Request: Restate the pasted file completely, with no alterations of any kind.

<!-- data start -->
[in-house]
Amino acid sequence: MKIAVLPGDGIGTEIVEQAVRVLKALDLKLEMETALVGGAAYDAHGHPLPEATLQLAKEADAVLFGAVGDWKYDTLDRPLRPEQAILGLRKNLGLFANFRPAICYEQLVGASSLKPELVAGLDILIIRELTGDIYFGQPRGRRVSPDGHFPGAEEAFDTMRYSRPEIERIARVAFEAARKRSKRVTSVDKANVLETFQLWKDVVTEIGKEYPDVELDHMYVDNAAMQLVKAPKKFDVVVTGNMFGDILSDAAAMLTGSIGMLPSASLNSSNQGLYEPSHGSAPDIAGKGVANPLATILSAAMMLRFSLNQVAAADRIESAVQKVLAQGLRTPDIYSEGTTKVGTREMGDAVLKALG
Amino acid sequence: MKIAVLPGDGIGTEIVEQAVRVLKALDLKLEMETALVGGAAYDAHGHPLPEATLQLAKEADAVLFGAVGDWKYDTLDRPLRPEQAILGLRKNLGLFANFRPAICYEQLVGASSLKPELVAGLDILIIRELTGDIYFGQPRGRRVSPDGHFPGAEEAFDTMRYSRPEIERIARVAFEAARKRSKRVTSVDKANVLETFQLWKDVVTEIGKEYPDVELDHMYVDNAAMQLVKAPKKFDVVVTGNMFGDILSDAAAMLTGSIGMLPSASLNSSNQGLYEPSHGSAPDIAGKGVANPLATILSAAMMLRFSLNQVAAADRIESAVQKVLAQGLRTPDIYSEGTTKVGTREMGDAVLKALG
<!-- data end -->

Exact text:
[in-house]
Amino acid sequence: MKIAVLPGDGIGTEIVEQAVRVLKALDLKLEMETALVGGAAYDAHGHPLPEATLQLAKEADAVLFGAVGDWKYDTLDRPLRPEQAILGLRKNLGLFANFRPAICYEQLVGASSLKPELVAGLDILIIRELTGDIYFGQPRGRRVSPDGHFPGAEEAFDTMRYSRPEIERIARVAFEAARKRSKRVTSVDKANVLETFQLWKDVVTEIGKEYPDVELDHMYVDNAAMQLVKAPKKFDVVVTGNMFGDILSDAAAMLTGSIGMLPSASLNSSNQGLYEPSHGSAPDIAGKGVANPLATILSAAMMLRFSLNQVAAADRIESAVQKVLAQGLRTPDIYSEGTTKVGTREMGDAVLKALG
Amino acid sequence: MKIAVLPGDGIGTEIVEQAVRVLKALDLKLEMETALVGGAAYDAHGHPLPEATLQLAKEADAVLFGAVGDWKYDTLDRPLRPEQAILGLRKNLGLFANFRPAICYEQLVGASSLKPELVAGLDILIIRELTGDIYFGQPRGRRVSPDGHFPGAEEAFDTMRYSRPEIERIARVAFEAARKRSKRVTSVDKANVLETFQLWKDVVTEIGKEYPDVELDHMYVDNAAMQLVKAPKKFDVVVTGNMFGDILSDAAAMLTGSIGMLPSASLNSSNQGLYEPSHGSAPDIAGKGVANPLATILSAAMMLRFSLNQVAAADRIESAVQKVLAQGLRTPDIYSEGTTKVGTREMGDAVLKALG